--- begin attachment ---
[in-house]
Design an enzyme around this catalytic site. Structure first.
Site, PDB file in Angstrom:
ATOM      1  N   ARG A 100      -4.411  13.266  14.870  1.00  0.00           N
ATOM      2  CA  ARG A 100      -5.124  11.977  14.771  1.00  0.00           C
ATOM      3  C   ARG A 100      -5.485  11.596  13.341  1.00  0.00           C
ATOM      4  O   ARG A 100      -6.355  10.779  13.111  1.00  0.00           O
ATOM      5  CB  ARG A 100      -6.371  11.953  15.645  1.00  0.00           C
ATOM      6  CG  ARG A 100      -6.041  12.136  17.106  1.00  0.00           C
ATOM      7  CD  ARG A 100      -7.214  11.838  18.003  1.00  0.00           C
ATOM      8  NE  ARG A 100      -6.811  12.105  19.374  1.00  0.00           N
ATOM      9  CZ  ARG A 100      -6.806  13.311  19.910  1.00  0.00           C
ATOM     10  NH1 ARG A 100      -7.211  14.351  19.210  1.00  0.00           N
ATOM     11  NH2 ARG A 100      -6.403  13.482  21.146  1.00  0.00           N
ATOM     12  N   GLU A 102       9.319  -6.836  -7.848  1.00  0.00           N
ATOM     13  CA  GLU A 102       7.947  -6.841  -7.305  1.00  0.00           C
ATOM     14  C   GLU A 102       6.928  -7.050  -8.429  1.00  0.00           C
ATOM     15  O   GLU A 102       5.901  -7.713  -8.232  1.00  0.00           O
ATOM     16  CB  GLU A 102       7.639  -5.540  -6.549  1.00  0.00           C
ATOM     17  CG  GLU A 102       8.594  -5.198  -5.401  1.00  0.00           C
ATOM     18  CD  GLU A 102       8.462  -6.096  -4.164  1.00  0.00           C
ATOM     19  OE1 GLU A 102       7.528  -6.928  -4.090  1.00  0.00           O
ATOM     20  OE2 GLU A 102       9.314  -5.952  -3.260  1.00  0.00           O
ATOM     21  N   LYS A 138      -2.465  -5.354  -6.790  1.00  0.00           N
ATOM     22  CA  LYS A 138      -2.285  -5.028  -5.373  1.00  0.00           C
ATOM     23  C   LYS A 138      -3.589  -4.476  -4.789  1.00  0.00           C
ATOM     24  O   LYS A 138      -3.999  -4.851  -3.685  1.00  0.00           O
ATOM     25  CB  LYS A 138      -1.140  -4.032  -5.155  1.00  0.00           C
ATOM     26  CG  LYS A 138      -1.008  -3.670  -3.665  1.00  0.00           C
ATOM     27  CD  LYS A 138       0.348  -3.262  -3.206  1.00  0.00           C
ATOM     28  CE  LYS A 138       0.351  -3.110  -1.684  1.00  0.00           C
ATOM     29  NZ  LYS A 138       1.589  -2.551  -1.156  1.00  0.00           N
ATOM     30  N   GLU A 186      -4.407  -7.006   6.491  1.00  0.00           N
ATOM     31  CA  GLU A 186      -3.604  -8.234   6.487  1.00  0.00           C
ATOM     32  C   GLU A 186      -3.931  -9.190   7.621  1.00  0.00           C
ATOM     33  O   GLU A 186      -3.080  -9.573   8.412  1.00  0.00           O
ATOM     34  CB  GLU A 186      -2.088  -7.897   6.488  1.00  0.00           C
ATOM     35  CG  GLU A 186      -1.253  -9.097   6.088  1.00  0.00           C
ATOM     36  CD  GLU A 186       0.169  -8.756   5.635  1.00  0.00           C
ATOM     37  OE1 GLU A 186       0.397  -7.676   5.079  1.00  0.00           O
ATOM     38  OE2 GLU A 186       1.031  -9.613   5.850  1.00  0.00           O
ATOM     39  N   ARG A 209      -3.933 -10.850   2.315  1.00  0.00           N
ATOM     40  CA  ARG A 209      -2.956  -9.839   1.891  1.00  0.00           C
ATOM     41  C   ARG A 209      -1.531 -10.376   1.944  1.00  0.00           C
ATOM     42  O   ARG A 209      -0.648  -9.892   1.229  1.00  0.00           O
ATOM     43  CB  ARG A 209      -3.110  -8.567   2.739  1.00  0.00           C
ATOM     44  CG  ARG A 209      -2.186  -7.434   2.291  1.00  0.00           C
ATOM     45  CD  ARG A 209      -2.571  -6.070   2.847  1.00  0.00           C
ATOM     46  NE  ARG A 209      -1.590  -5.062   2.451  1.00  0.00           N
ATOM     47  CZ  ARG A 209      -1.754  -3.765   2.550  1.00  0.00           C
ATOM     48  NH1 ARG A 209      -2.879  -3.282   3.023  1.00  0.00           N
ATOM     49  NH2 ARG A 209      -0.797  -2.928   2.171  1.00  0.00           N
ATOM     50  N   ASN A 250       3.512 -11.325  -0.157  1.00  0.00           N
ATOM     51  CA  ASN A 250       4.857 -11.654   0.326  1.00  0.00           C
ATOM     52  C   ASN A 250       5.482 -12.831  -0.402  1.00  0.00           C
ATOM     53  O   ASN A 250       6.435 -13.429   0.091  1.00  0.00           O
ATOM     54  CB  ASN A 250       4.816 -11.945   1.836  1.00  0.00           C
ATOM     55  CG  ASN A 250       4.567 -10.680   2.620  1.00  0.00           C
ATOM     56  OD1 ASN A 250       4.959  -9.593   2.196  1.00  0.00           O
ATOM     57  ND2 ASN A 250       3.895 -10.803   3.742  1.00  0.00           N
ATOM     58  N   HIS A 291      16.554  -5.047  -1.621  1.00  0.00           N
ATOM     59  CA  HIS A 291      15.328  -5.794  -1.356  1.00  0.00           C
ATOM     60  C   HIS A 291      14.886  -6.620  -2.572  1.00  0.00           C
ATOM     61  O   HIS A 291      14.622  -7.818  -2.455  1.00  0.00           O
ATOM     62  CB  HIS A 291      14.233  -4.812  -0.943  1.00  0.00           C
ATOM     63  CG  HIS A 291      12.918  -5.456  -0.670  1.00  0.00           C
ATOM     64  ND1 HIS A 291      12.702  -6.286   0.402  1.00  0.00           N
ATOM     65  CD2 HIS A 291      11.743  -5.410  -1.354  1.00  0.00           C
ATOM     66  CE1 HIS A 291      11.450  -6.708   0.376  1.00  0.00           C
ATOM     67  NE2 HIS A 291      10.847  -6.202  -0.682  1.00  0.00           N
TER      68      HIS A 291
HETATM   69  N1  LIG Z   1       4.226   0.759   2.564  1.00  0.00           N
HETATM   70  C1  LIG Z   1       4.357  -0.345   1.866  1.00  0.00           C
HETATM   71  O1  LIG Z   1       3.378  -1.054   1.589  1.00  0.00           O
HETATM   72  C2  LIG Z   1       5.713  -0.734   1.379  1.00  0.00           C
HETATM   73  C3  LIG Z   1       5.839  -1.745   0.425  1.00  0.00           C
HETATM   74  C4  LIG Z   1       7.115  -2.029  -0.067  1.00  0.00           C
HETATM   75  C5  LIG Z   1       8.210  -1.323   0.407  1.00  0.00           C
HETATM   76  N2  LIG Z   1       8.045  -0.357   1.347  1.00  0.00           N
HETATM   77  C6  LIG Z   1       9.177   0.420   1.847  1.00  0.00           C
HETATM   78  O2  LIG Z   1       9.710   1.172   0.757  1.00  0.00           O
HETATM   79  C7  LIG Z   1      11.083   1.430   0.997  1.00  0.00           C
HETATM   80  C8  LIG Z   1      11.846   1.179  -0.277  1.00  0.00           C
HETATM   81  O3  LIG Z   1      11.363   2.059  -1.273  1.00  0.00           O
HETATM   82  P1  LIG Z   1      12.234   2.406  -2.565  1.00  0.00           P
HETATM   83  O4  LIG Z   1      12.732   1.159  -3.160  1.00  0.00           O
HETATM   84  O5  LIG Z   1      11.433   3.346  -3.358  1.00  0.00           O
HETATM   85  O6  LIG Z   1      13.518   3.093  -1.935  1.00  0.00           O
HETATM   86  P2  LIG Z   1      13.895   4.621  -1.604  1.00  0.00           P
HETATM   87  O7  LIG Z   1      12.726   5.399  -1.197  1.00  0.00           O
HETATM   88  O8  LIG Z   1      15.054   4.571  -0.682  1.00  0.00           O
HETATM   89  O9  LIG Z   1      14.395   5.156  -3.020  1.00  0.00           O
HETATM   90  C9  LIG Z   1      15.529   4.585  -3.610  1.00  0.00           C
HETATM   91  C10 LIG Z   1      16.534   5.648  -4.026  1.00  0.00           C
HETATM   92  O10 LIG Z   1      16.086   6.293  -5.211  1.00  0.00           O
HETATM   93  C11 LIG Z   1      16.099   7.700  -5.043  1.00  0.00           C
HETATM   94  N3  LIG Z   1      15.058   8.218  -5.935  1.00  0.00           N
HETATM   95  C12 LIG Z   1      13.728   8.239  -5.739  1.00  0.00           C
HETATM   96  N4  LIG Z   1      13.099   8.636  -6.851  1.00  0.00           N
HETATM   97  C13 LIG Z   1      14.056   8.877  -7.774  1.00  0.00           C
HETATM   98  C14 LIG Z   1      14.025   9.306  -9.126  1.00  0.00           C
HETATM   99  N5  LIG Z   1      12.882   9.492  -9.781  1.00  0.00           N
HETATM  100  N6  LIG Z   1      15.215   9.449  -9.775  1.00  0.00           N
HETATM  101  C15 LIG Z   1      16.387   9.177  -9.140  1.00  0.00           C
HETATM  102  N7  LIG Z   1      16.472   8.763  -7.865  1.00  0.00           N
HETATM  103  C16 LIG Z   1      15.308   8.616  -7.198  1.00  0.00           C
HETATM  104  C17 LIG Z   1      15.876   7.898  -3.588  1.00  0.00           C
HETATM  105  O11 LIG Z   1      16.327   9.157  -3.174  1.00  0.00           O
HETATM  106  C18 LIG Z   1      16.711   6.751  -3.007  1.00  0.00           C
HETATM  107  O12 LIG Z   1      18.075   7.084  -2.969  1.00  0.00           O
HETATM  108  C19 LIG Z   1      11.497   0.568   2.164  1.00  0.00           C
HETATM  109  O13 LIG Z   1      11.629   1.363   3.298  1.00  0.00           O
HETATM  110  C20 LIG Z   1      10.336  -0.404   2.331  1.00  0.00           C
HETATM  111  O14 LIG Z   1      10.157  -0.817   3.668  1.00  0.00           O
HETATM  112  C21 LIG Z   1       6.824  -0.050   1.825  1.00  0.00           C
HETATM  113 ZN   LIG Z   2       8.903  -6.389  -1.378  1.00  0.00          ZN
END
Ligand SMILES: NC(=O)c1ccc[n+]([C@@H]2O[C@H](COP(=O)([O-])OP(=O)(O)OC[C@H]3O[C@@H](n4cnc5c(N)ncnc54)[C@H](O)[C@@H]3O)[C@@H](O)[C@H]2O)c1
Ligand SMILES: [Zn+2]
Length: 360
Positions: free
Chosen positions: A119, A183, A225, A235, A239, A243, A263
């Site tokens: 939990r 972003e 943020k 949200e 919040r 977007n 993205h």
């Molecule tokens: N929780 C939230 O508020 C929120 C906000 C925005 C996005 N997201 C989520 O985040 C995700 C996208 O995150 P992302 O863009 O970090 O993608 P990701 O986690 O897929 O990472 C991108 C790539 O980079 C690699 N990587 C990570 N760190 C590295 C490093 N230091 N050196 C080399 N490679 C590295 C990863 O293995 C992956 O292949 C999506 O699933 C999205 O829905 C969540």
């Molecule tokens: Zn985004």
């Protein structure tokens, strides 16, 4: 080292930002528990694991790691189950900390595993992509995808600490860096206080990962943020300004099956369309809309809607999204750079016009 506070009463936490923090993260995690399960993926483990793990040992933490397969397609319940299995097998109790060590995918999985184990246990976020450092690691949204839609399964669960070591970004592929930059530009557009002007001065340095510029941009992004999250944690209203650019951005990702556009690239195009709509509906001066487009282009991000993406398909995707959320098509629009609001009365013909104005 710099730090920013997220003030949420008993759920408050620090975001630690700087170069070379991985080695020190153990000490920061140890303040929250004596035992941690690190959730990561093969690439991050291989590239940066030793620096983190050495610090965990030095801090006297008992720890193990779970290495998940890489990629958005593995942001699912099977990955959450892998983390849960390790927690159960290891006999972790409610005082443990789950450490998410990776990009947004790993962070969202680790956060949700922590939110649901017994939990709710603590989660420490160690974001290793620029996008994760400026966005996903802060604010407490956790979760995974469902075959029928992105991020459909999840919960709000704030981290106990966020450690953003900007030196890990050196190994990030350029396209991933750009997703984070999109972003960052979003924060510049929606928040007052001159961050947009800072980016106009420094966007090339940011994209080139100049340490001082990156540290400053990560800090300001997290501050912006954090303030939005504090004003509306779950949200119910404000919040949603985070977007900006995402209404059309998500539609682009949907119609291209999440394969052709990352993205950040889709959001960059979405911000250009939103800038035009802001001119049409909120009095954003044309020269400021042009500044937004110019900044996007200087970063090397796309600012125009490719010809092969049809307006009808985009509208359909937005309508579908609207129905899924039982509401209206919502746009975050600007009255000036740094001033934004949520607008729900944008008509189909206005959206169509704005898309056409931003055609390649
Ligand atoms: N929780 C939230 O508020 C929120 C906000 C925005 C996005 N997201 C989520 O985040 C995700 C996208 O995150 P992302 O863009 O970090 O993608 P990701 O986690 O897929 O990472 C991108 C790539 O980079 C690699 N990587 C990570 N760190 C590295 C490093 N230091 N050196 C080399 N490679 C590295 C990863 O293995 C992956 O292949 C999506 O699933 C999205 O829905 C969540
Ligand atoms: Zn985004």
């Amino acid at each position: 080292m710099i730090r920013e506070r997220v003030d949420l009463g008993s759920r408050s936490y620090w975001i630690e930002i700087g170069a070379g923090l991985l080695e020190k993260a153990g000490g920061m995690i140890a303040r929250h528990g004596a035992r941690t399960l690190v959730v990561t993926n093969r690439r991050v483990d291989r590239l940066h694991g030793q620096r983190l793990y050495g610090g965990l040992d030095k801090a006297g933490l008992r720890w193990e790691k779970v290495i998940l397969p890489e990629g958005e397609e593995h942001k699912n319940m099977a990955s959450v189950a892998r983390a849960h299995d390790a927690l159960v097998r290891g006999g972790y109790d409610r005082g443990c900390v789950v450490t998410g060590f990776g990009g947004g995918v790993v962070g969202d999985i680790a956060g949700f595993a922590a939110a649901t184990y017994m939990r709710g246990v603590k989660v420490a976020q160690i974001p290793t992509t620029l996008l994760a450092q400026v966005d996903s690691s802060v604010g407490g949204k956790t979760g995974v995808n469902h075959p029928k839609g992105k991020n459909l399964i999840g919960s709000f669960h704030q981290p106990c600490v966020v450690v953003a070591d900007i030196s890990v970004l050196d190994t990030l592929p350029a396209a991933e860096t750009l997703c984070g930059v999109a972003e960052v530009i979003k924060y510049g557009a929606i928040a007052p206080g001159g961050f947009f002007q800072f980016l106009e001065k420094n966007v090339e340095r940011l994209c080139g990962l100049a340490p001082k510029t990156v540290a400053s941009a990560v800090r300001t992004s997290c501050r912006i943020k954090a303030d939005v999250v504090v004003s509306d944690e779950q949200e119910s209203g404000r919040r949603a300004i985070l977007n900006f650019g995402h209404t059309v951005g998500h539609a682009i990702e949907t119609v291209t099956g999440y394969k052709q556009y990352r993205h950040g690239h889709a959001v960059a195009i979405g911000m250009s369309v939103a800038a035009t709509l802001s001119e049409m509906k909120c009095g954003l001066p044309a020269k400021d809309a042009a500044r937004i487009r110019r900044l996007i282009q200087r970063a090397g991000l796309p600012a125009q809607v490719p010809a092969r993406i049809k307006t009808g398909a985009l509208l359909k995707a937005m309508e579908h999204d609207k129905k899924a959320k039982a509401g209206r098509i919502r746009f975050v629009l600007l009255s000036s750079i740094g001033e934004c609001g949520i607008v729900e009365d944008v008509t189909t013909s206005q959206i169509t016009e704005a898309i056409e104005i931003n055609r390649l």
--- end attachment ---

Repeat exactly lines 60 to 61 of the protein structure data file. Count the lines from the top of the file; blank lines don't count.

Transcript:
ATOM     57  ND2 ASN A 250       3.895 -10.803   3.742  1.00  0.00           N
ATOM     58  N   HIS A 291      16.554  -5.047  -1.621  1.00  0.00           N